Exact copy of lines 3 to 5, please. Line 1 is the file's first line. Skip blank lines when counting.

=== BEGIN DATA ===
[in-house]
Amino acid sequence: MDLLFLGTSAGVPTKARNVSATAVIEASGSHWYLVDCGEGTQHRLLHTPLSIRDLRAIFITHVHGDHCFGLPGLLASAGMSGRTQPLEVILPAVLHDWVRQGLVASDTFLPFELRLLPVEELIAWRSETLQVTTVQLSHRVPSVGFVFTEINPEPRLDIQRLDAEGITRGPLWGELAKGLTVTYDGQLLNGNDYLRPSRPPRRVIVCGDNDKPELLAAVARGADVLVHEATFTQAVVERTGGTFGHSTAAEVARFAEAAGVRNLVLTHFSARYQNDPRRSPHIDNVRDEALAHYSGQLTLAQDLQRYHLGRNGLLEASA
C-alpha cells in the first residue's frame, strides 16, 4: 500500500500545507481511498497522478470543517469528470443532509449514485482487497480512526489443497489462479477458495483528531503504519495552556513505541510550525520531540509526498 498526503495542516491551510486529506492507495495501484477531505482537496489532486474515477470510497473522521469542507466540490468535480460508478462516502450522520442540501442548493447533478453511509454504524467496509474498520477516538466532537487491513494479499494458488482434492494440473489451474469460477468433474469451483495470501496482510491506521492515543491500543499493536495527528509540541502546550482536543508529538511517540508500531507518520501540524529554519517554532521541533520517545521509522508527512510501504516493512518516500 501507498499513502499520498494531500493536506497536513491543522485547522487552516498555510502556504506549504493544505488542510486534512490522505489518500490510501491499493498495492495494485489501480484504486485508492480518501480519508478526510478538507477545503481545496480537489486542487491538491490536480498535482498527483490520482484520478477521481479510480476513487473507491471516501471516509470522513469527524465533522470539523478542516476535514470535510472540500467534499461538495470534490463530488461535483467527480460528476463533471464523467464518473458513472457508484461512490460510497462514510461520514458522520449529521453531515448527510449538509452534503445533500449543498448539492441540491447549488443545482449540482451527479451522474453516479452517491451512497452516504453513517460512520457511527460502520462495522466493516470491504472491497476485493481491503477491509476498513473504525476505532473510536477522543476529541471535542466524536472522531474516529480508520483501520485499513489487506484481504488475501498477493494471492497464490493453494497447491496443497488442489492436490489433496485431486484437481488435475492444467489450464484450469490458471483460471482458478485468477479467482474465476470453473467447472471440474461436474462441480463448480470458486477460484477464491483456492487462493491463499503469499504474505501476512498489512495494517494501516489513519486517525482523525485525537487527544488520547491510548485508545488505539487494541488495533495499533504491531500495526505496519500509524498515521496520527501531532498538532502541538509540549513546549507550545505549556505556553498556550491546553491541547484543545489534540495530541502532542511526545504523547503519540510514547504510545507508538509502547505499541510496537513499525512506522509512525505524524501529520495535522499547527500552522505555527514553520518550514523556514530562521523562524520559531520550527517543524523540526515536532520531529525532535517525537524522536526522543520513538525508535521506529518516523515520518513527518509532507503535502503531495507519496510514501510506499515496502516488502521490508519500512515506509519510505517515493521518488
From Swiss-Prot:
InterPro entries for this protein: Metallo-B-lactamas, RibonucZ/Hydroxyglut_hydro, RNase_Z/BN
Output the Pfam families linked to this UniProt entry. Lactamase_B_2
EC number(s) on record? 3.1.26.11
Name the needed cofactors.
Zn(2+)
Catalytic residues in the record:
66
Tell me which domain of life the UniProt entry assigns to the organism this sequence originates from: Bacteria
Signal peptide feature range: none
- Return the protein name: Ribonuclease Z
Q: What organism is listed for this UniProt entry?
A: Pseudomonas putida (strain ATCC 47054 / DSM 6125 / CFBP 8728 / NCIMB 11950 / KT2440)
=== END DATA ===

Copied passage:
C-alpha cells in the first residue's frame, strides 16, 4: 500500500500545507481511498497522478470543517469528470443532509449514485482487497480512526489443497489462479477458495483528531503504519495552556513505541510550525520531540509526498 498526503495542516491551510486529506492507495495501484477531505482537496489532486474515477470510497473522521469542507466540490468535480460508478462516502450522520442540501442548493447533478453511509454504524467496509474498520477516538466532537487491513494479499494458488482434492494440473489451474469460477468433474469451483495470501496482510491506521492515543491500543499493536495527528509540541502546550482536543508529538511517540508500531507518520501540524529554519517554532521541533520517545521509522508527512510501504516493512518516500 501507498499513502499520498494531500493536506497536513491543522485547522487552516498555510502556504506549504493544505488542510486534512490522505489518500490510501491499493498495492495494485489501480484504486485508492480518501480519508478526510478538507477545503481545496480537489486542487491538491490536480498535482498527483490520482484520478477521481479510480476513487473507491471516501471516509470522513469527524465533522470539523478542516476535514470535510472540500467534499461538495470534490463530488461535483467527480460528476463533471464523467464518473458513472457508484461512490460510497462514510461520514458522520449529521453531515448527510449538509452534503445533500449543498448539492441540491447549488443545482449540482451527479451522474453516479452517491451512497452516504453513517460512520457511527460502520462495522466493516470491504472491497476485493481491503477491509476498513473504525476505532473510536477522543476529541471535542466524536472522531474516529480508520483501520485499513489487506484481504488475501498477493494471492497464490493453494497447491496443497488442489492436490489433496485431486484437481488435475492444467489450464484450469490458471483460471482458478485468477479467482474465476470453473467447472471440474461436474462441480463448480470458486477460484477464491483456492487462493491463499503469499504474505501476512498489512495494517494501516489513519486517525482523525485525537487527544488520547491510548485508545488505539487494541488495533495499533504491531500495526505496519500509524498515521496520527501531532498538532502541538509540549513546549507550545505549556505556553498556550491546553491541547484543545489534540495530541502532542511526545504523547503519540510514547504510545507508538509502547505499541510496537513499525512506522509512525505524524501529520495535522499547527500552522505555527514553520518550514523556514530562521523562524520559531520550527517543524523540526515536532520531529525532535517525537524522536526522543520513538525508535521506529518516523515520518513527518509532507503535502503531495507519496510514501510506499515496502516488502521490508519500512515506509519510505517515493521518488
From Swiss-Prot:
InterPro entries for this protein: Metallo-B-lactamas, RibonucZ/Hydroxyglut_hydro, RNase_Z/BN